Now a museum, you can tour the interior to see period furnishings, attire and decor.
Find It: 4136 Wallace Street
A traditional adobe home of the American Southwest, the Casa de Carillo is now the pro shop for the Presidio Hills Golf Course.
No one knows when the house was really built. Some say 1810, another organization says 1816, and the historical landmark bestowed upon it suggests 1821.
Find It: 553 King Street
People lived on Hawaii long before it became a state. It's oldest remaining structure, the Frame House, arrived from Boston after the wood frame was shipped around Cape Horn.
Used as a home for missionaries in the 1800s, it is part of the Hawaiian Mission Houses Historic Site and may be visited.
Find It: 8413 Southpark Circle
Orlando, Florida, existed a century before Walt Disney ever imagined a dream world. In the heart of the city, Gordon Rogers built his green Victorian home after arriving from England.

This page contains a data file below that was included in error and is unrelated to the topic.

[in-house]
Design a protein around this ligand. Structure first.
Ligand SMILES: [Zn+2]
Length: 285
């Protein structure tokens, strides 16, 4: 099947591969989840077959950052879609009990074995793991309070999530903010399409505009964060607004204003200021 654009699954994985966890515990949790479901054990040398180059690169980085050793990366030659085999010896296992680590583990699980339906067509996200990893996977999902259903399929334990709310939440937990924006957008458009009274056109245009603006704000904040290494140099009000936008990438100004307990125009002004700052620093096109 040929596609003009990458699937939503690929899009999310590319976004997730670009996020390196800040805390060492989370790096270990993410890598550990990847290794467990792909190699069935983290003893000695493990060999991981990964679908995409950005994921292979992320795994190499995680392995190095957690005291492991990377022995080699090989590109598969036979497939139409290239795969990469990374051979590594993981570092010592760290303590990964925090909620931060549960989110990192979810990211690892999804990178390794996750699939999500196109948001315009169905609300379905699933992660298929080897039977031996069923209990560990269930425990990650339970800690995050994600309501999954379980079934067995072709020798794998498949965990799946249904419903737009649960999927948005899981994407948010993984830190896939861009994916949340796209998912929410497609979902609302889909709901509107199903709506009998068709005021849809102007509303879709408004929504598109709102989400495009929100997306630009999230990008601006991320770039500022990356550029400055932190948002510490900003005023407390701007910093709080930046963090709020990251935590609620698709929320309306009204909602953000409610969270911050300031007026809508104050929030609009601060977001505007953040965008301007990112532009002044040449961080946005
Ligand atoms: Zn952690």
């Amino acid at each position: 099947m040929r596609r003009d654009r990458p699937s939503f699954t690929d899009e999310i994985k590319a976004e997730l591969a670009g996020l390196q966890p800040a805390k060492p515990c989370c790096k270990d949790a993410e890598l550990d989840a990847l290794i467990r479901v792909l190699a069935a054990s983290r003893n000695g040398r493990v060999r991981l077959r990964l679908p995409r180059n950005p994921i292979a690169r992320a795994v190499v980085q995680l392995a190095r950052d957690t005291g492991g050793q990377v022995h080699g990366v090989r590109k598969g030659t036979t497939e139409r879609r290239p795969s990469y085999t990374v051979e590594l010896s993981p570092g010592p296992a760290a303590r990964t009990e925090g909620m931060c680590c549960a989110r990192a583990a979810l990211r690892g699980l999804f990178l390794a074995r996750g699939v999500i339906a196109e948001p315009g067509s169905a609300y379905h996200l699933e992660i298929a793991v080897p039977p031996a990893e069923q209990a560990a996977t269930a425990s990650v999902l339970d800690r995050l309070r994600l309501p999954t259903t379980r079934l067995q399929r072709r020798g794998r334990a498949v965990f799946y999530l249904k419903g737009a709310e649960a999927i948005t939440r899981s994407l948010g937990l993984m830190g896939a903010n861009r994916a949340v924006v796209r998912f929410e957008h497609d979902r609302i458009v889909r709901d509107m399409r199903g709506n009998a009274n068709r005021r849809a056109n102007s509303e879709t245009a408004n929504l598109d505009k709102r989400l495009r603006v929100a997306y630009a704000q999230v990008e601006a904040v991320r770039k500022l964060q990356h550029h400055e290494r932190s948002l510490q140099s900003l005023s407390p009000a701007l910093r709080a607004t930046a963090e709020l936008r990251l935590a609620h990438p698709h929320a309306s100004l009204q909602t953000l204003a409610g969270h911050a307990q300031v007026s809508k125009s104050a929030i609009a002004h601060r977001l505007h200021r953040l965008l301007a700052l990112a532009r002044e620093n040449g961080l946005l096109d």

The home has been donated to the city and will be transformed into an arts and culture scene under the management of the Downtown Arts District.
Find It: 5624 North Newark Avenue
In 1871, the Great Chicago Fire destroyed much of the Windy City, but there is evidence of its earlier beginnings still sprinkled about. When the Noble-Seymour-Crippen House was constructed in 1833 for Mark Noble Sr., an English immigrant, it lay outside the city's limits.
After massive city growth enveloped the structure within its new confines, it became the oldest building in Chicago. Then, Thomas Hartley Seymour of the Chicago Board of Trade purchased it and added new wings to the original structure, making it the gorgeous structure it is today.
Find It: 1571 Willis Mill Road SW
Joseph Willis was one of the earliest settlers to Atlanta's Dekalb County, constructing his home in 1840. It became Major General Jacob D. Cox's headquarters during the Civil War.
The home remains a private residence and may not be visited. (Unless you know the homeowners, of course.)
Find It: Point State Park
Thank the Daughters of the American Revolution for saving this structure that began as part of Fort Pitt.
Although the fort was eventually demolished, the Block House was converted in 1785 to be used as a home, which kept the building standing before the Daughters rescued it once again in 1894.
Buffalo, New York
Find It: 414 Virginia Street